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The completed gear, as well as two brass goblets made from a length of half-inch brass rod stock:

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Part of the museum was devoted to John Aschauer, who spent 25,000 hours making miniature models of machine tools.  Even the screws were made by hand:

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A universal milling machine, built in 1861:

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This Bridgeport Milling machine, made in 1938, is serial number “1”:

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It’s a mill, it’s a drill press, it’s a lathe, it’s the Gillman 4-in-1 machine built in 1940, used on Navy ships where there wasn’t room for a full machine shop:

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After leaving the museum, we hitched up to the RV and drove north to overnight at the Walmart of Lebanon, New Hampshire. 

See the trip map for today’s drive and our current location.

Day 772: Climbing Mount Eisenhower

It turns out that we’re dispersed camping about 15 miles from my PPG school classmates, Glen and Rhonda.  Glen drove up this morning and together we hiked to the summit of Mount Eisenhower:

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The trail is pretty rough in spots:

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Eventually we climbed above the tree line:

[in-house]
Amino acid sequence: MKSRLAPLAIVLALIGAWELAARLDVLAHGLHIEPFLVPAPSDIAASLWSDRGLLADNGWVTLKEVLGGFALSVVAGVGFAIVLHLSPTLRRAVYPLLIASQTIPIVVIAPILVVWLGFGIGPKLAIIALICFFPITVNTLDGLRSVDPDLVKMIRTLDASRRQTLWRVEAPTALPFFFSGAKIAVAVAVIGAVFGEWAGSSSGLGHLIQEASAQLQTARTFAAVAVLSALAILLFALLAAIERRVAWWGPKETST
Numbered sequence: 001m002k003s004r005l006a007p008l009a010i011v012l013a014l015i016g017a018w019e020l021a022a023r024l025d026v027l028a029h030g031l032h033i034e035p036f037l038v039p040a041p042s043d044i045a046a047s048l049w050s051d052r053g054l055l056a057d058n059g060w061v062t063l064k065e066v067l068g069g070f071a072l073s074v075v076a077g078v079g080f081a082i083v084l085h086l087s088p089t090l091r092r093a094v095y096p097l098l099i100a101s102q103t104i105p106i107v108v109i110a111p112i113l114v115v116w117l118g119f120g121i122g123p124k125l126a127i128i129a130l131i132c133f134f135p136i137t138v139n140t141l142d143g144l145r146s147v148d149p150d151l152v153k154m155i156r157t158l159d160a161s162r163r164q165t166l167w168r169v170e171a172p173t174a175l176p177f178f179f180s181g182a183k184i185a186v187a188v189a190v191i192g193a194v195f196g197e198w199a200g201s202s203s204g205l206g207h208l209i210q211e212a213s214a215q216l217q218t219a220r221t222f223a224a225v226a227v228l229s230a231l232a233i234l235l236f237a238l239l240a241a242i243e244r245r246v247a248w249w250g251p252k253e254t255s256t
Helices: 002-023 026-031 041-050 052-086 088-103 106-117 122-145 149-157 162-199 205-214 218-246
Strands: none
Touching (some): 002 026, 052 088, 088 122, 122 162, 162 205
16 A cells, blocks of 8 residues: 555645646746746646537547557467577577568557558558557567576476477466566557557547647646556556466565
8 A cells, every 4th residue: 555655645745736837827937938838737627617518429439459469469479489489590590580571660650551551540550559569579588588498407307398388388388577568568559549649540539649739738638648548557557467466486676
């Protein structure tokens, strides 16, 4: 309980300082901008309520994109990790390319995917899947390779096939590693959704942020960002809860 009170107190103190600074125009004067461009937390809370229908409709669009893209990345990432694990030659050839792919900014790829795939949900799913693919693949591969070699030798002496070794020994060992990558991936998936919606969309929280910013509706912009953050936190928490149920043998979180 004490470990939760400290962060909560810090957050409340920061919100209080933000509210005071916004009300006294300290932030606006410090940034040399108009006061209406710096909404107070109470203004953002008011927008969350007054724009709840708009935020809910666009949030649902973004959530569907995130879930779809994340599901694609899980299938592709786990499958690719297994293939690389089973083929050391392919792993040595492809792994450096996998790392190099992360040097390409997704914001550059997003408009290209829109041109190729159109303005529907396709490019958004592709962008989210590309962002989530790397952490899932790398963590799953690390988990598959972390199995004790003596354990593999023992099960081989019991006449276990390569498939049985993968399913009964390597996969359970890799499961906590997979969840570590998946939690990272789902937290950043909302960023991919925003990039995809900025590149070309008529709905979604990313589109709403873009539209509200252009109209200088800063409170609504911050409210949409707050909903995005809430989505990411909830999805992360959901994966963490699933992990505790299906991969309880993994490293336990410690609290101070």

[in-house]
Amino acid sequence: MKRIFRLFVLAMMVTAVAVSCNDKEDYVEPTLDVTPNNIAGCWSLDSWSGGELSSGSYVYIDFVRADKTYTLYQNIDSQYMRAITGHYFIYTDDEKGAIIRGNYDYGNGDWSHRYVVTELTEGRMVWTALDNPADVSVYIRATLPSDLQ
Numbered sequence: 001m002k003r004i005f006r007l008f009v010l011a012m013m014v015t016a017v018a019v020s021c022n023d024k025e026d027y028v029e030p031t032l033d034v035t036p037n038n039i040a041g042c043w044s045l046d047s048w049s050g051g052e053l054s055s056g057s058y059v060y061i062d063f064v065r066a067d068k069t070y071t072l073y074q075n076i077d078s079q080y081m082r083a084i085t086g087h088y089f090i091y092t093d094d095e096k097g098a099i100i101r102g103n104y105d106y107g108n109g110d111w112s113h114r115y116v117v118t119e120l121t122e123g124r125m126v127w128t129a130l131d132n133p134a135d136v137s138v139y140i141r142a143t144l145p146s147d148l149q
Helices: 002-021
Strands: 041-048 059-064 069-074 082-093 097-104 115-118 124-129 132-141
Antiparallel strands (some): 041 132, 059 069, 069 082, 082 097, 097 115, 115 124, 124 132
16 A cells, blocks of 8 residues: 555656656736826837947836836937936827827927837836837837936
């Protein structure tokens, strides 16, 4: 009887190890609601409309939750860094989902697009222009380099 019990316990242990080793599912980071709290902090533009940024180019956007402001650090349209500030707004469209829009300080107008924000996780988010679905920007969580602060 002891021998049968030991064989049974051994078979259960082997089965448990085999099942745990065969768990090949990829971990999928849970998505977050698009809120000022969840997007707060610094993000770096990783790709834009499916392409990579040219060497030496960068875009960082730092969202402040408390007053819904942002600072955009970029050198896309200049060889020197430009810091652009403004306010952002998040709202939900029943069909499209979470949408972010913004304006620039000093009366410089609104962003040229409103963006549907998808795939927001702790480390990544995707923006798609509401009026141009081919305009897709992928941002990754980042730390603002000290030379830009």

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In the distance we could see the Mount Washington Cog Railway:

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The final ascent of Eisenhower:

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Looking south from the summit.  This was definitely the most impressive views I’ve seen in the Eastern US:

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Mount Washington in the distance:

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Heading back down:

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We also stopped by the AMC center, where the kids turned in their workbooks and received their AMC Junior Naturalist patches:

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Good Shabbos from the White Mountains!

Day 771: To the White Mountains

Today we left Portland, Maine, driving northwest to Conway, New Hampshire, home of one of the visitor centers for the White Mountain National Forest.  The kids completed the Junior Ranger workbooks and received their patch:

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We pulled over in the picturesque Crawford Notch for a photo:

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Like the BLM, the US Forest Service allows dispersed camping.  After consulting the White Mountains National Forest MVUM map, we found a dispersed camping site a few miles up Old Cherry Mountain Road.  With our directional cell antenna deployed, we’re getting three bars of cell service with no data service.  We haven’t been able to do any dispersed camping since Colorado, so we’re looking forward to a few quiet days up here:

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See the trip map for today’s drive and our current location.